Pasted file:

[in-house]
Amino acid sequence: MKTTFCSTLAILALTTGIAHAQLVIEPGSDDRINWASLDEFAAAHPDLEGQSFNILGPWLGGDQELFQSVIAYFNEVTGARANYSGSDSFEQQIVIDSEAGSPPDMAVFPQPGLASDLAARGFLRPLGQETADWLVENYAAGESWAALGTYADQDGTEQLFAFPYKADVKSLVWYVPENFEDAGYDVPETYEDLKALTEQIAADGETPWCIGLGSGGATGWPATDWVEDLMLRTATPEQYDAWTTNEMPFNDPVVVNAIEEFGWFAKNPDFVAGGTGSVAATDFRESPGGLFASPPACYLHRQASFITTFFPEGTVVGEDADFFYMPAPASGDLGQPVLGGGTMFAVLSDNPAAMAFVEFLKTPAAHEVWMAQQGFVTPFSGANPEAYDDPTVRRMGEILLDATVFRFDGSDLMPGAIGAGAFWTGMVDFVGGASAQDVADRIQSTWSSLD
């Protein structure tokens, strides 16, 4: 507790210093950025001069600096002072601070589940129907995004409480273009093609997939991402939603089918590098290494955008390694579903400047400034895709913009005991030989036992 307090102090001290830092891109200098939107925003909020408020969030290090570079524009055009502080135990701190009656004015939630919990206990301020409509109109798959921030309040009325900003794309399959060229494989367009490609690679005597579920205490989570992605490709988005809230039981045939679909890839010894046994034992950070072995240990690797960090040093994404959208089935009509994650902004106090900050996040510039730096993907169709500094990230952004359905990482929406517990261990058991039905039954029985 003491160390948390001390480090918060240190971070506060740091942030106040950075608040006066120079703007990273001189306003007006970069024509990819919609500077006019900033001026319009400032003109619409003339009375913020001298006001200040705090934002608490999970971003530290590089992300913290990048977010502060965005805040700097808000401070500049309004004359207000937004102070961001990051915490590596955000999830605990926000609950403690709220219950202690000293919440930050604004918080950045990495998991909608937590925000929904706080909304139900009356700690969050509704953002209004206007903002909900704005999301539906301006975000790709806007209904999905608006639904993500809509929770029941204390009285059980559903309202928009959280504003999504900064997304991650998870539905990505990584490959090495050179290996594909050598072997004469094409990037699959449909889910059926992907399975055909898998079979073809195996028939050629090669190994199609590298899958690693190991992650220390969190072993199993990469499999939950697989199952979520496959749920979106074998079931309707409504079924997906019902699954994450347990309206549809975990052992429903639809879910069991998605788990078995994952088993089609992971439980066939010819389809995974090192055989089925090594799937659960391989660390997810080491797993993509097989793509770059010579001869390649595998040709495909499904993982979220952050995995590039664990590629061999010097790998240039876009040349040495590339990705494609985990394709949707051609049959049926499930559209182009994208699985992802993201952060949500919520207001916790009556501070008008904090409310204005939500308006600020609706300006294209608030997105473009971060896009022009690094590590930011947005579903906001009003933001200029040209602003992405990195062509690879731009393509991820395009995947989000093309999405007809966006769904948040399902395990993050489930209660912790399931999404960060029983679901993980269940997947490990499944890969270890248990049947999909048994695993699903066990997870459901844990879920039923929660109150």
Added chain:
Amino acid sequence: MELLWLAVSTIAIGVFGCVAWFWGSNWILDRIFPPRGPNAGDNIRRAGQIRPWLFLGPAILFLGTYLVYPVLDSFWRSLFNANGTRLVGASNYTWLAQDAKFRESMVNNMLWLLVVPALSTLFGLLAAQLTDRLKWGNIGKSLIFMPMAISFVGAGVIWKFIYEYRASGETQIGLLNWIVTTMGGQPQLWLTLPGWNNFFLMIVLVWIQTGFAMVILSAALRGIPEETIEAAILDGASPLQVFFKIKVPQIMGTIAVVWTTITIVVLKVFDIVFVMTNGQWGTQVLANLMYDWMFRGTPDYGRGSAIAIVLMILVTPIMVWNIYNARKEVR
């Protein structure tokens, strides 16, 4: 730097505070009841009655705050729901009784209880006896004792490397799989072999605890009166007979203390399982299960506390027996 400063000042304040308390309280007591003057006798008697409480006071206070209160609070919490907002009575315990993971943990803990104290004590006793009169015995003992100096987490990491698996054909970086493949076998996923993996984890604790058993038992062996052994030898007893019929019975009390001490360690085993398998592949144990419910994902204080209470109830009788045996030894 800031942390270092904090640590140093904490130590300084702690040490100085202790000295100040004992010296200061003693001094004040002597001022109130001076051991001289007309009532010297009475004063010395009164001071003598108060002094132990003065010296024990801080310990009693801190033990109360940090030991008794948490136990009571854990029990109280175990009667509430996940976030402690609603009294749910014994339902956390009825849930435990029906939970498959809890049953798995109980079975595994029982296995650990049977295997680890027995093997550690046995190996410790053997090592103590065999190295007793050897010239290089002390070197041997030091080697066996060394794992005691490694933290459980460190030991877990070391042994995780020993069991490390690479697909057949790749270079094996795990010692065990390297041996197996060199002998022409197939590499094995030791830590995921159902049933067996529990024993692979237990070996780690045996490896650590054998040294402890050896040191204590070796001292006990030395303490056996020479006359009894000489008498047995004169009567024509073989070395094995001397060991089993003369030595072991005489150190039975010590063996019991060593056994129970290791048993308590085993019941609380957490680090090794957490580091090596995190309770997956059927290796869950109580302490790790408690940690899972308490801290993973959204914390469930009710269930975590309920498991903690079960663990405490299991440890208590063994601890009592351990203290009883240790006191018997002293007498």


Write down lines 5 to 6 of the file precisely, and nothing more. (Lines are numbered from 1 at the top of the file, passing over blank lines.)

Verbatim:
Amino acid sequence: MELLWLAVSTIAIGVFGCVAWFWGSNWILDRIFPPRGPNAGDNIRRAGQIRPWLFLGPAILFLGTYLVYPVLDSFWRSLFNANGTRLVGASNYTWLAQDAKFRESMVNNMLWLLVVPALSTLFGLLAAQLTDRLKWGNIGKSLIFMPMAISFVGAGVIWKFIYEYRASGETQIGLLNWIVTTMGGQPQLWLTLPGWNNFFLMIVLVWIQTGFAMVILSAALRGIPEETIEAAILDGASPLQVFFKIKVPQIMGTIAVVWTTITIVVLKVFDIVFVMTNGQWGTQVLANLMYDWMFRGTPDYGRGSAIAIVLMILVTPIMVWNIYNARKEVR
């Protein structure tokens, strides 16, 4: 730097505070009841009655705050729901009784209880006896004792490397799989072999605890009166007979203390399982299960506390027996 400063000042304040308390309280007591003057006798008697409480006071206070209160609070919490907002009575315990993971943990803990104290004590006793009169015995003992100096987490990491698996054909970086493949076998996923993996984890604790058993038992062996052994030898007893019929019975009390001490360690085993398998592949144990419910994902204080209470109830009788045996030894 800031942390270092904090640590140093904490130590300084702690040490100085202790000295100040004992010296200061003693001094004040002597001022109130001076051991001289007309009532010297009475004063010395009164001071003598108060002094132990003065010296024990801080310990009693801190033990109360940090030991008794948490136990009571854990029990109280175990009667509430996940976030402690609603009294749910014994339902956390009825849930435990029906939970498959809890049953798995109980079975595994029982296995650990049977295997680890027995093997550690046995190996410790053997090592103590065999190295007793050897010239290089002390070197041997030091080697066996060394794992005691490694933290459980460190030991877990070391042994995780020993069991490390690479697909057949790749270079094996795990010692065990390297041996197996060199002998022409197939590499094995030791830590995921159902049933067996529990024993692979237990070996780690045996490896650590054998040294402890050896040191204590070796001292006990030395303490056996020479006359009894000489008498047995004169009567024509073989070395094995001397060991089993003369030595072991005489150190039975010590063996019991060593056994129970290791048993308590085993019941609380957490680090090794957490580091090596995190309770997956059927290796869950109580302490790790408690940690899972308490801290993973959204914390469930009710269930975590309920498991903690079960663990405490299991440890208590063994601890009592351990203290009883240790006191018997002293007498």